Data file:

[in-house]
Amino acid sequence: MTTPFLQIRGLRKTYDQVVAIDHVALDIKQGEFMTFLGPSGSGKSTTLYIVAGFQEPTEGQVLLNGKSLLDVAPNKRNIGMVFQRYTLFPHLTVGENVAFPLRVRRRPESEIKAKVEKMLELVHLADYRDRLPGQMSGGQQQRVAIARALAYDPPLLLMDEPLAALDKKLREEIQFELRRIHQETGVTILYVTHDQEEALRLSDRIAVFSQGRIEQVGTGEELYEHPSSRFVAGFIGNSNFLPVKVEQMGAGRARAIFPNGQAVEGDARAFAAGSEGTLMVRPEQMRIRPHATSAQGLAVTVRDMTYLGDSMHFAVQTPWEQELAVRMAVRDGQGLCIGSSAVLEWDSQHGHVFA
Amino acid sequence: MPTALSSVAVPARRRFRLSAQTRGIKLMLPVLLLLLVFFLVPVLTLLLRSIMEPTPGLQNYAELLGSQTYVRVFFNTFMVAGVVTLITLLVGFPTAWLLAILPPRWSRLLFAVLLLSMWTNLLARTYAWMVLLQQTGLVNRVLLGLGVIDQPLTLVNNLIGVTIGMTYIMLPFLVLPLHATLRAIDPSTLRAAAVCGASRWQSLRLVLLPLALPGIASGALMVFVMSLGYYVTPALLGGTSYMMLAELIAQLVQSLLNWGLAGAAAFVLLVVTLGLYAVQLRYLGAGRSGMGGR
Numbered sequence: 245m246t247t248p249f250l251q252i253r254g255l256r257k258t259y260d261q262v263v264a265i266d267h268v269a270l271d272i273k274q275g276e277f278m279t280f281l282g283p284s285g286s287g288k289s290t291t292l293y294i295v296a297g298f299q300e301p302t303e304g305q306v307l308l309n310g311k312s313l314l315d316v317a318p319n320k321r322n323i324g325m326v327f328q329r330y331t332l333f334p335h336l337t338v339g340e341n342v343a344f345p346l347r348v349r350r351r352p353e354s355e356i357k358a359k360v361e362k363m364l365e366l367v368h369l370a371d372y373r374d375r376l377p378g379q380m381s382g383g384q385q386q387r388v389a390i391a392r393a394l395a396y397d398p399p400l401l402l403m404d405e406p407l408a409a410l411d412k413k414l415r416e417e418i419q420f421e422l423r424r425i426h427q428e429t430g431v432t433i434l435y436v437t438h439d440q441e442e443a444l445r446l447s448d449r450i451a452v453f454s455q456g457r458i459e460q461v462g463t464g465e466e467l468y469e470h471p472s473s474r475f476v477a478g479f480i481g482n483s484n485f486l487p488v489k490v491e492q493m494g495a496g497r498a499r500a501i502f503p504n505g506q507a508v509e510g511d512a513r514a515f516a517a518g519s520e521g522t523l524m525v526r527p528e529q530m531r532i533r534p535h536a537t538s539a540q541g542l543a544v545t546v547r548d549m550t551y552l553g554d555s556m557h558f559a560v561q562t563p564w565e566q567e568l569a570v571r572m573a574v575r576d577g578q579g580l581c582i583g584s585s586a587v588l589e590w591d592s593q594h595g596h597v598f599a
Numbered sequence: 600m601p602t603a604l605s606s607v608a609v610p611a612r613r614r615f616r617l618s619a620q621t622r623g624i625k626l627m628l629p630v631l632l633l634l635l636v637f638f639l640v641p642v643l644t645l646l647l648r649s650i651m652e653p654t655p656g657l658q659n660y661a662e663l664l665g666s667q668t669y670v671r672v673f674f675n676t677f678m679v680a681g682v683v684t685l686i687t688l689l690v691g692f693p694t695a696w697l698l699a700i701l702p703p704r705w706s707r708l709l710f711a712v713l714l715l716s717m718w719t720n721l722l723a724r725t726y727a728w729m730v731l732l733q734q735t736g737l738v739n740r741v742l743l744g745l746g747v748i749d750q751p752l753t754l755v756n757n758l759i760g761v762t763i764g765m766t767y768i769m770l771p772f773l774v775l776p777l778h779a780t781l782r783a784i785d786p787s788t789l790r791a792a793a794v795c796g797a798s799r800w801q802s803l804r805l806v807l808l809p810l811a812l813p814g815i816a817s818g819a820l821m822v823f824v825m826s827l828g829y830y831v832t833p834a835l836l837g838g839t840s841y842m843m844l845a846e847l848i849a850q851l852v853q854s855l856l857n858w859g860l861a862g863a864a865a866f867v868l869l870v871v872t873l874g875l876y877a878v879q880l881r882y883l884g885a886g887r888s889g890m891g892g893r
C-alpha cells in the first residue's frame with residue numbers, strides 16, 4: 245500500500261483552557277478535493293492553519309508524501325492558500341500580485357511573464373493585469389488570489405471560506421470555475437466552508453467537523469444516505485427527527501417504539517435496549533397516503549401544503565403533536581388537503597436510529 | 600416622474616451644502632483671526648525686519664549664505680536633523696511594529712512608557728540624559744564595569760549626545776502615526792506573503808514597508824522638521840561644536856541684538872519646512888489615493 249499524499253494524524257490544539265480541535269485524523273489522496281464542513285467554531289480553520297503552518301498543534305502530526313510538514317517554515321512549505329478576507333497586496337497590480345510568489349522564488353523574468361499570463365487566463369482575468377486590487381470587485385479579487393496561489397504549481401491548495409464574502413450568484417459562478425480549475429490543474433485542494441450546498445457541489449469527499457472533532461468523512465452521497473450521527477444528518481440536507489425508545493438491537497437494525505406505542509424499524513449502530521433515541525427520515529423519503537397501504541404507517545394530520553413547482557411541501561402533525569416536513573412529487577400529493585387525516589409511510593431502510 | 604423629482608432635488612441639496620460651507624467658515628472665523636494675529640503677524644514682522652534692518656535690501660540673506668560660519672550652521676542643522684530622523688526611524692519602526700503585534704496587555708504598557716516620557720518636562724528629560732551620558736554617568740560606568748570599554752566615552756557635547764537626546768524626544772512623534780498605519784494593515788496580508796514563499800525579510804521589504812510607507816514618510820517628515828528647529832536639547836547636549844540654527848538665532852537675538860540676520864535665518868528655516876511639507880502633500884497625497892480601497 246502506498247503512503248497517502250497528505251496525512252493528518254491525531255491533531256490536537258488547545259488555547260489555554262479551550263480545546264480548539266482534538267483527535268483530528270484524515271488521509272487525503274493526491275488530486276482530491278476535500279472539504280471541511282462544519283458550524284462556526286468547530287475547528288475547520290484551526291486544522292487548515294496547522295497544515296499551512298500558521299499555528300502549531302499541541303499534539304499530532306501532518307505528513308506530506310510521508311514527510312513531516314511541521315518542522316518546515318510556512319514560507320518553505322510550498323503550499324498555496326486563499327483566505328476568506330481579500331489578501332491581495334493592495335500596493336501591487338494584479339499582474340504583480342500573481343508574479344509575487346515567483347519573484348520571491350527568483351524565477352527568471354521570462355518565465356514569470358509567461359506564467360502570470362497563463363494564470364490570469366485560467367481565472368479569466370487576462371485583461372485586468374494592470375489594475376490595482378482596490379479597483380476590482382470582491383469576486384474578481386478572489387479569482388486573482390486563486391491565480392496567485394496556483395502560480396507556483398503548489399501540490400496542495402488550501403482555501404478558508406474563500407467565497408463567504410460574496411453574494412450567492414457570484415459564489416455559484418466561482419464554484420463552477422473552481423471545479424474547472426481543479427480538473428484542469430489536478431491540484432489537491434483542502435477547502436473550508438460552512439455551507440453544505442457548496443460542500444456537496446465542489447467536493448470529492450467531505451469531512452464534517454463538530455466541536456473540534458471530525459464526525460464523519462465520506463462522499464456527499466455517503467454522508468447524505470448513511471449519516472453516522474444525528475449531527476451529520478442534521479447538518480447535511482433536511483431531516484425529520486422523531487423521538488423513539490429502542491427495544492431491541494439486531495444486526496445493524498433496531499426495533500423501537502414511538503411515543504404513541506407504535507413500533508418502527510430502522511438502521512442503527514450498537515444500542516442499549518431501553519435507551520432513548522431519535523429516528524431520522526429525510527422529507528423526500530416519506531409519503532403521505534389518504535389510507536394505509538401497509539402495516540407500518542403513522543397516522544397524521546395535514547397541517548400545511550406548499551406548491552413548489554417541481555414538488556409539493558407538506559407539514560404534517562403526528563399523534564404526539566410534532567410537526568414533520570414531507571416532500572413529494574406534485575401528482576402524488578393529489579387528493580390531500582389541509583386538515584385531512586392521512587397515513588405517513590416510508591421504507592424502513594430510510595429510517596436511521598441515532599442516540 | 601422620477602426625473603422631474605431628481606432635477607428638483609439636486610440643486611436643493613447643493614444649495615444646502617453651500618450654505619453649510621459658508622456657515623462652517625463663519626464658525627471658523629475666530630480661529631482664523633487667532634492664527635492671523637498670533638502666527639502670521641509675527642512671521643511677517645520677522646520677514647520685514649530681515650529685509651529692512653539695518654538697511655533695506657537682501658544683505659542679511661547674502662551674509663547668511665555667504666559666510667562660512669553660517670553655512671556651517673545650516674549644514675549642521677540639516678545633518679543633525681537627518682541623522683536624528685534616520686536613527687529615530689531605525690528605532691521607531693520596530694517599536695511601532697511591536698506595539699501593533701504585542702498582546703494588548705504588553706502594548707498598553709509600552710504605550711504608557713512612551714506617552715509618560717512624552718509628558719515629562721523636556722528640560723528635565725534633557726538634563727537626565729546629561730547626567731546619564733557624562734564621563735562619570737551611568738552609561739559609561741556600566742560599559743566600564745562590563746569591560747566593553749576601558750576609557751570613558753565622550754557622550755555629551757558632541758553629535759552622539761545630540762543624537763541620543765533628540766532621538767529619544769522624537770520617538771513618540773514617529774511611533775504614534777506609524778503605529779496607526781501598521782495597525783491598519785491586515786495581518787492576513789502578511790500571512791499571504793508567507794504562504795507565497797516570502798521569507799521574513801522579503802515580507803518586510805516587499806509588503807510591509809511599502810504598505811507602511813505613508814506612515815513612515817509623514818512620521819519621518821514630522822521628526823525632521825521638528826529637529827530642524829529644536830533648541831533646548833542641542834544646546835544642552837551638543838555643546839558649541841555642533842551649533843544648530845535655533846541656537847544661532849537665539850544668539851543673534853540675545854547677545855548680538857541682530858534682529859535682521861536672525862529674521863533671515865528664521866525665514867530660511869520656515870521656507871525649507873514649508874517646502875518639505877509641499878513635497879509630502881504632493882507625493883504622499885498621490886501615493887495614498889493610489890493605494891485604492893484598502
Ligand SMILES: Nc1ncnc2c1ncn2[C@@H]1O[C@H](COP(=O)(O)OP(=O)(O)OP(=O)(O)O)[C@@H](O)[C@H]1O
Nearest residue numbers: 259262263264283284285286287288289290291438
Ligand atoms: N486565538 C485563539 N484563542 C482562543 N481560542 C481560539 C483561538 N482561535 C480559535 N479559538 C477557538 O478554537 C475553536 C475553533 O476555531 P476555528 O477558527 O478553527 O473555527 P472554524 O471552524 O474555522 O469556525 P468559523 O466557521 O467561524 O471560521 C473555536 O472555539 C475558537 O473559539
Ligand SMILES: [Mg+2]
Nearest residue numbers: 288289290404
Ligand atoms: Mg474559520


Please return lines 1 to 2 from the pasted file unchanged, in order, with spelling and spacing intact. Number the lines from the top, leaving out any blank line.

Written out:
[in-house]
Amino acid sequence: MTTPFLQIRGLRKTYDQVVAIDHVALDIKQGEFMTFLGPSGSGKSTTLYIVAGFQEPTEGQVLLNGKSLLDVAPNKRNIGMVFQRYTLFPHLTVGENVAFPLRVRRRPESEIKAKVEKMLELVHLADYRDRLPGQMSGGQQQRVAIARALAYDPPLLLMDEPLAALDKKLREEIQFELRRIHQETGVTILYVTHDQEEALRLSDRIAVFSQGRIEQVGTGEELYEHPSSRFVAGFIGNSNFLPVKVEQMGAGRARAIFPNGQAVEGDARAFAAGSEGTLMVRPEQMRIRPHATSAQGLAVTVRDMTYLGDSMHFAVQTPWEQELAVRMAVRDGQGLCIGSSAVLEWDSQHGHVFA